At this event, I will present and defend my PhD thesis titled "An Expert Knowledge Representation Based on Real World Experiences in Proof-of-Concept Robot System Design".
A summary of the topic is given below.
The development of proof-of-concept robotic systems requires a high level of domainoriented and expert knowledge in an interdisciplinary field to provide individual solutions. The direct interdisciplinary use of existing solutions for such systems can be limited due to domain, environment and task differences. Therefore, it may be necessary to build an appropriate solution from scratch. However, this is time consuming and potentially expensive. In addition, the solution parts require knowledge of the system and precise prior knowledge of the robot’s task. This means that the structure and functions of the robot and its subsystems are not only important for the development of the robot, it also requires knowledge that can be used in an interdisciplinary and interactive way in the execution of the robot’s own task, like self-maintenance or reassembly, or in the disposal of the robot. In practice, applications that can be used as automated development tools (such as Q-Rock) support the user and help to take an important step towards customer centric design and manufacturing. It can move closer to the reality of outcome-based product definition, while reducing development costs and increasing product variety. The key challenge of this thesis was to identify existing robot design approach and provide a widely applicable knowledge base that allowed to simplify one streamline robot design. This covers prior knowledge about the subsystem, facts and relationships, as well as information about hardware design, components and dependencies.
Knowledge representation based on ontology for robotic system design can be used as a unified and standardized method for knowledge generation, using and sharing. The problem is that there is an inverse relationship between the quantity of information and its quality, relevance and usability, named as information paradox. Concepts defined in the ontology and the extraction of valuable additional information from explicit knowledge using reasoning would counteract this phenomenon. Considering the life cycles of robotic systems, the ontology would be a suitable way to collect and represent the required knowledge about all the phases that this system goes through.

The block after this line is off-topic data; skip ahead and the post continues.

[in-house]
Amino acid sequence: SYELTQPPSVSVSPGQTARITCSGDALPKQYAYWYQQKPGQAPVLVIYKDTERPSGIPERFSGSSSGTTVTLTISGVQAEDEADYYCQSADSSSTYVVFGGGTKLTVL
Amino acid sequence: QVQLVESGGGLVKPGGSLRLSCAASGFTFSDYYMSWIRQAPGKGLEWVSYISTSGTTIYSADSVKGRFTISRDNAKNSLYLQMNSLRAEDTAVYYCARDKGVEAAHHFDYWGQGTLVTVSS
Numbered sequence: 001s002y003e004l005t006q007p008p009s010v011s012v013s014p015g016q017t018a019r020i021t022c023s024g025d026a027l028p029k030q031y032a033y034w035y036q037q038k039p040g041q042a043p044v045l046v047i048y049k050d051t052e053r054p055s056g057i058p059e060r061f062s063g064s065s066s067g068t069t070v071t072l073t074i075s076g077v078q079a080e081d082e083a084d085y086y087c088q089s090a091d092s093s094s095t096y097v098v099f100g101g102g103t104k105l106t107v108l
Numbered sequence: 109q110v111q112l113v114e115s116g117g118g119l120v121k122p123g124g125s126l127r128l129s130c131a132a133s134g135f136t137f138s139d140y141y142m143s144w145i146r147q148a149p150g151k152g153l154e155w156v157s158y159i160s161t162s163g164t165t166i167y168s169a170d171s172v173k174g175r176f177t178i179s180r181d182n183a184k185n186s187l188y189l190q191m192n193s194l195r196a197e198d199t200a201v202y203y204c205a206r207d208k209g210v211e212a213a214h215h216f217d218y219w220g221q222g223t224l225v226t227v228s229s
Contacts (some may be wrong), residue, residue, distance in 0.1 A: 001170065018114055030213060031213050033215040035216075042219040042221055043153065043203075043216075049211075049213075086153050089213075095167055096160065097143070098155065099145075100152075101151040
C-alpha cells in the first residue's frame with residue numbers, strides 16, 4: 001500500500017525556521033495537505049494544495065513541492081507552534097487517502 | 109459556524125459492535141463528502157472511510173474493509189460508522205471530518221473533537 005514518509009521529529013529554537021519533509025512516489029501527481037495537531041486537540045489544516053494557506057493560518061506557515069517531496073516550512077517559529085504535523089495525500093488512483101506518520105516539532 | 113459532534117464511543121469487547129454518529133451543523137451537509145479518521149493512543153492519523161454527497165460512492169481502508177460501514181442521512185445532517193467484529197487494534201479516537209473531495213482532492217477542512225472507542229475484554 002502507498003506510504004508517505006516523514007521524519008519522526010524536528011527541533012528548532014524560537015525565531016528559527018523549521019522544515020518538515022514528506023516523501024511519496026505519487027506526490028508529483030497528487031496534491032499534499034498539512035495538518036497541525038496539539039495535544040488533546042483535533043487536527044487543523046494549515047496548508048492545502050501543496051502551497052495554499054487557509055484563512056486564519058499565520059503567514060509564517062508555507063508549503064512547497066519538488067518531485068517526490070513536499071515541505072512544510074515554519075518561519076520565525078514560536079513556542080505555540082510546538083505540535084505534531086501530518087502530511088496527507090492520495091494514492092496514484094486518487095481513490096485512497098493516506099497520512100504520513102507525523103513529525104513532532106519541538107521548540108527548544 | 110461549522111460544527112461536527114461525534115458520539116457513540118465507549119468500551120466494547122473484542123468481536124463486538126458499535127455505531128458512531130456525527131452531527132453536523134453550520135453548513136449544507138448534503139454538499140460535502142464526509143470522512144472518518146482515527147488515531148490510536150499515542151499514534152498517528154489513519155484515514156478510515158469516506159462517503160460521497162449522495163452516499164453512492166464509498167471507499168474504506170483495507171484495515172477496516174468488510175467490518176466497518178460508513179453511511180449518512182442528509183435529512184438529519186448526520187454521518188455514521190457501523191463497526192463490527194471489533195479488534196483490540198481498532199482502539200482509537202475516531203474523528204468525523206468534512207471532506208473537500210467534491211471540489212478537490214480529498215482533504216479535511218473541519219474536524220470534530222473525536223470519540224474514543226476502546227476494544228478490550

My thesis focuses on the idea of solving the challenge of developing proof-of-concept system solutions for terrestrial and extraterrestrial robotics as an ontology-based knowledge representation of prior knowledge from different domains. This empirical approach is based on the experience gained in various projects. To organise the interdisciplinary knowledge which is required for designing a robot, this thesis focuses on solution pproaching the problem from two perspectives. The first is the formalism approach. Formalism is the definition of the concepts in a predetermined way, i. e. as a standardised body of knowledge. In this context, the use of manually created ontologies to be used as Knowledge Base in the field of robotic system design is envisaged and methodically tested for examples in different robot development domains. Knowledge in this form is appropriate for a sustainable development and evaluation. The second perspective is modularity for model-based design, where the hardware modules, into which methods such as Rapid Control Prototyping can be incorporated, are defined by the ontology. This prior knowledge is used in the system framework for complex robot control using auxiliary inference. These points have been tested for implementation in several publications that form the basis of this work. The results have been evaluated in laboratory conditions for specific use cases for different applications, such as robot development, robot control and in-orbit factory tasks. The study shows that it is possible to model robot components or tasks with different characteristics using an ontology and incorporate them into the robot control application. As conditions change, the required capabilities can be adaptively generated manually or automatically and information about them can be retrieved using reasoning. For this purpose, eight different ontologies and a python-based library supporting their use were developed. In addition, more than 60 robotic systems and subsystems well known in the robotics community were collected as hardware models, edited and further modeled for simulation purposes. Based on the knowledge obtained from the ontology, the properties of these systems were transferred to the models. These upgraded models have been made available to the community. Moreover, an ontology has been used for the internal modelling of the standard interface, which can be used as a support for the Standard Interconnect (SI) definition standard.